|5||Suman J, Uhlik O, Viktorova J, Macek T. Phytoextraction of Heavy metals: a promising tool for clean-up of polluted environment?. Front. Plant Sci. 2018;9:1476. DOI|
|6||Heering JH, Gutteridge RC. Sesbania grandiflora (L.) poiret. In: Mannetje L, Jones RM, eds. Plant resources of south-east Asia, No. 4. Forages.Wageningen (The Netherlands): Pudoc Scientific Publishers. 1992:196–8.|
|7||Evans DO. Sesbania grandiflora: NFT for beauty, food, fodder and soil improvement. Agroforestry Species and Technologies. 2001:155-6.|
|8||Gonzalez FJ, Gelboin HV. Human cytochromes P450: evolution and cDNA-directed expression. Environ. Health Perspect. 1992;98:81-5. DOI|
|9||Morant M, Bak S, Møller BL, Werck-Reichhart D. Plant cytochromes P450: tools for pharmacology, plant protection and phytoremediation. Curr. Opin. Biotechnol. 2003;14(2):151-62. DOI|
|10||Danielson PÁ. The cytochrome P450 superfamily: biochemistry, evolution and drug metabolism in humans. Curr. Drug Metab. 2002;3(6):561-97. DOI|
|11||Werck-Reichhart D, Hehn A, Didierjean L. Cytochromes P450 for engineering herbicide tolerance. Trends Plant Sci. 2000;5(3):116-23. DOI|
|12||Mouhamad R, Ghanem I, AlOrfi M, Ibrahim K, Ali N, Al-Daoude A. phytoremediation of Trichloroethylene And Dichlorodiphenyltrichloroethane—Polluted Water Using Transgenic Sesbania Grandiflora and Arabidopsis Thaliana Plants Harboring Rabbit Cytochrome P450 2E1. Int. J. phytoremediation. 2012;14(7):656-68. DOI|
|13||Mouhamad R, Ibrahim K, Ali N, Ghanem I, Al-Daoude A. Determination of heavy metal uptake in transgenic plants harbouring the rabbit CYP450 2E1 using X-ray fluorescence analysis. Int. J. Environ. Sci. 2014;71(3):292-300. DOI|
|14||Baker AJ. Metal hyperaccumulator plants: a review of the ecology and physiology of a biological resource for- phytoremediation of metal-polluted soils. phytoremediation of contaminated soil and water. 2000.|
|15||Tisdale M, Alnadaf T, Cousens D. Combination of mutations in human immunodeficiency virus type 1 reverse transcriptase required for resistance to the carbocyclic nucleoside 1592U89. Antimicrob. Agents Chemother. 1997;41(5):1094-8. DOI|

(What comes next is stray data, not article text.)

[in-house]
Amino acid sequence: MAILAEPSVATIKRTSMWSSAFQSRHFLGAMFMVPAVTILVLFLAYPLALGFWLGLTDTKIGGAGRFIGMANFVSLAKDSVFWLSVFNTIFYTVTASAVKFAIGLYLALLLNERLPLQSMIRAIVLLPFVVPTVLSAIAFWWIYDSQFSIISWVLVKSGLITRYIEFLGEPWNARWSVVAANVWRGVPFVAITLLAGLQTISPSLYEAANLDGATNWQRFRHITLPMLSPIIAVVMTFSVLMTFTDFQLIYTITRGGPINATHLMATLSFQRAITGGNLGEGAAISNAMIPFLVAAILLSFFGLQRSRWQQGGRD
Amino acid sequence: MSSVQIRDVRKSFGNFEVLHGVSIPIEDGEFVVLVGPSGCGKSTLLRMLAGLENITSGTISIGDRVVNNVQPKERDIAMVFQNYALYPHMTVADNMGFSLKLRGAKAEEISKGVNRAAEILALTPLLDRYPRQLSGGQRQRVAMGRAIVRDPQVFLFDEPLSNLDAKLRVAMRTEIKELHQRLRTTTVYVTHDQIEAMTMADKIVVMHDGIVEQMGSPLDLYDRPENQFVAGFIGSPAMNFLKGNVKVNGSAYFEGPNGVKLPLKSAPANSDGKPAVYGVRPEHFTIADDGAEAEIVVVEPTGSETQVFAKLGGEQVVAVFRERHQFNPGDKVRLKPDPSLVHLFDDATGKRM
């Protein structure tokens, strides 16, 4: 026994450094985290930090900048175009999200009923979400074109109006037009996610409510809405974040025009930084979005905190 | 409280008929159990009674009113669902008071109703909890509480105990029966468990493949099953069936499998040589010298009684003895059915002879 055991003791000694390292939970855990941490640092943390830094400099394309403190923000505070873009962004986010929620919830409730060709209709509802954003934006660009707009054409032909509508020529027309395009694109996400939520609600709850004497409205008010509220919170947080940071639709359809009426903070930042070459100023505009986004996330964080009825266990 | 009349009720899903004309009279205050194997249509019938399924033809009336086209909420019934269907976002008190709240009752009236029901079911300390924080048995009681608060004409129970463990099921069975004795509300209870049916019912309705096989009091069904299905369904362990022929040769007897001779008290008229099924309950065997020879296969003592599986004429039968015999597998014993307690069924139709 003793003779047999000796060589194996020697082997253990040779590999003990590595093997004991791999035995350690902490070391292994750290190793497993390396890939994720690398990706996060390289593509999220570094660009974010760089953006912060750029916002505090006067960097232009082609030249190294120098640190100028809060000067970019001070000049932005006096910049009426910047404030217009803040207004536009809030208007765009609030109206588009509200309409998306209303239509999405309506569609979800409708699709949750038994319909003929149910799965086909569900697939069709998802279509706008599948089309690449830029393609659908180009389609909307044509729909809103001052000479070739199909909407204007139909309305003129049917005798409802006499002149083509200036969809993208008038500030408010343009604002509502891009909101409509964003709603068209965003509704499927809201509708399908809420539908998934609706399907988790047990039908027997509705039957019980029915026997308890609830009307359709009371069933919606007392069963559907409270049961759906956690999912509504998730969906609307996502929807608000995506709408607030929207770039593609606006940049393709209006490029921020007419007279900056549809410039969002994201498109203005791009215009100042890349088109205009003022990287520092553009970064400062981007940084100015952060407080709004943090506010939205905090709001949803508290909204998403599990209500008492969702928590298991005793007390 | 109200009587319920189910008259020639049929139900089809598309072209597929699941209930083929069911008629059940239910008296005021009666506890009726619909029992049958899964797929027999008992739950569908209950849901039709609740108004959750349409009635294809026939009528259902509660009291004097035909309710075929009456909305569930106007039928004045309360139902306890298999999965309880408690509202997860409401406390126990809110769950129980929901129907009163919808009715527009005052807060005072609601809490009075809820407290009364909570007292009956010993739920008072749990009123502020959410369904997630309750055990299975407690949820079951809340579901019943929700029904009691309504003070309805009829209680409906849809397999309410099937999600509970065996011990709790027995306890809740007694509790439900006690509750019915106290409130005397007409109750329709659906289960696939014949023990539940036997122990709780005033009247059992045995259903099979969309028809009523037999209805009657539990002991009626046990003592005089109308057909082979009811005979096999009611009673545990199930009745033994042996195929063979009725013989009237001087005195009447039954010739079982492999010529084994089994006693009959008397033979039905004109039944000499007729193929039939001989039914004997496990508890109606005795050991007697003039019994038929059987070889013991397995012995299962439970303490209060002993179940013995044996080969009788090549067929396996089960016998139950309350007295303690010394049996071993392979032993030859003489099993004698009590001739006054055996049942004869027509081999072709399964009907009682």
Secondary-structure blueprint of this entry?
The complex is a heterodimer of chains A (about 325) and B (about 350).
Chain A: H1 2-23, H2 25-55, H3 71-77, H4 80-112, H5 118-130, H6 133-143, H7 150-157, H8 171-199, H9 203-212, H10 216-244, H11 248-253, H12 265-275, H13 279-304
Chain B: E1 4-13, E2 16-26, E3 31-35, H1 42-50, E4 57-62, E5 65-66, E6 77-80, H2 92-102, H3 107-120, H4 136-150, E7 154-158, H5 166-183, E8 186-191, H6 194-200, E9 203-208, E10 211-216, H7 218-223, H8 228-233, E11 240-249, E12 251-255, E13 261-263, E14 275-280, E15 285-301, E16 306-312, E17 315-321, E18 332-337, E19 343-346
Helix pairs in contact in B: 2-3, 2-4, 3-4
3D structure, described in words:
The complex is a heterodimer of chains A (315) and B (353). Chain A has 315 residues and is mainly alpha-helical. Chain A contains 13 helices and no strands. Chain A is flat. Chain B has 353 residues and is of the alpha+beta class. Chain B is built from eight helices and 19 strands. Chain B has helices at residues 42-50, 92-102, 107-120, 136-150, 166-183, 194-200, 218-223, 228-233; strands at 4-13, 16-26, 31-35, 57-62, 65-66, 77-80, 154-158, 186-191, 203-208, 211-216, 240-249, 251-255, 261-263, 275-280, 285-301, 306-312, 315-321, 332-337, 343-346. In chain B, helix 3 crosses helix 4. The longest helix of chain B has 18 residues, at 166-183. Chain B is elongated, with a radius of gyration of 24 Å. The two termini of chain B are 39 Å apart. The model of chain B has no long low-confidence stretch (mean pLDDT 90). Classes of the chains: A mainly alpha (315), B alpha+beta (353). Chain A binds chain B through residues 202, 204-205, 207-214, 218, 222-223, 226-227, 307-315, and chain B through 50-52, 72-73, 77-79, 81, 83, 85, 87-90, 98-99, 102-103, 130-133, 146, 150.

|16||Salt DE, Rauser WE. MgATP-dependent transport of phytochelatins across the tonoplast of oat roots. Plant Physiol. 1995;107(4):1293-301. DOI|
|17||Tangahu BV, Abdullah S, Rozaimah S, Basri H, Idris M, Anuar N, Mukhlisin M. A review on Heavy metals (As, Pb, and Hg) uptake by plants through phytoremediation. Int. J. Chem. Eng. 2011. DOI|
|18||Zhang B, Liu Y, Li X. Alteration in the expression of cytochrome P450s (CYP1A1, CYP2E1, and CYP3A11) in the liver of mouse induced by microcystin-LR. Toxins (Basel). 2015;7(4):1102-15. DOI|
|19||Delhaize E, Kataoka T, Hebb DM, White RG, Ryan PR. Genes encoding proteins of the cation diffusion facilitator family that confer manganese tolerance. Plant Cell. 2003;15(5):1131-42. DOI|
|20||Alhusaini A, Hasan IH, Aldowsari N, Alsaadan N. Prophylactic Administration of Nanocurcumin Abates the Incidence of Liver Toxicity Induced by an Overdose of Copper Sulfate: Role of CYP4502E1, NF-κB and Bax Expressions. Dose-Response. 2018;16(4):1559325818816284. DOI|
Cite this article:
Mouhamad, R., Ibrahim, K., Al-Daoude, A. Heavy metal phytoremediation potential of CYP4502E1 expressing A. thaliana and S. grandiflora plants. DYSONA – Life Science, 2020;1(2): 64-69. doi: 10.30493/dls.2020.222935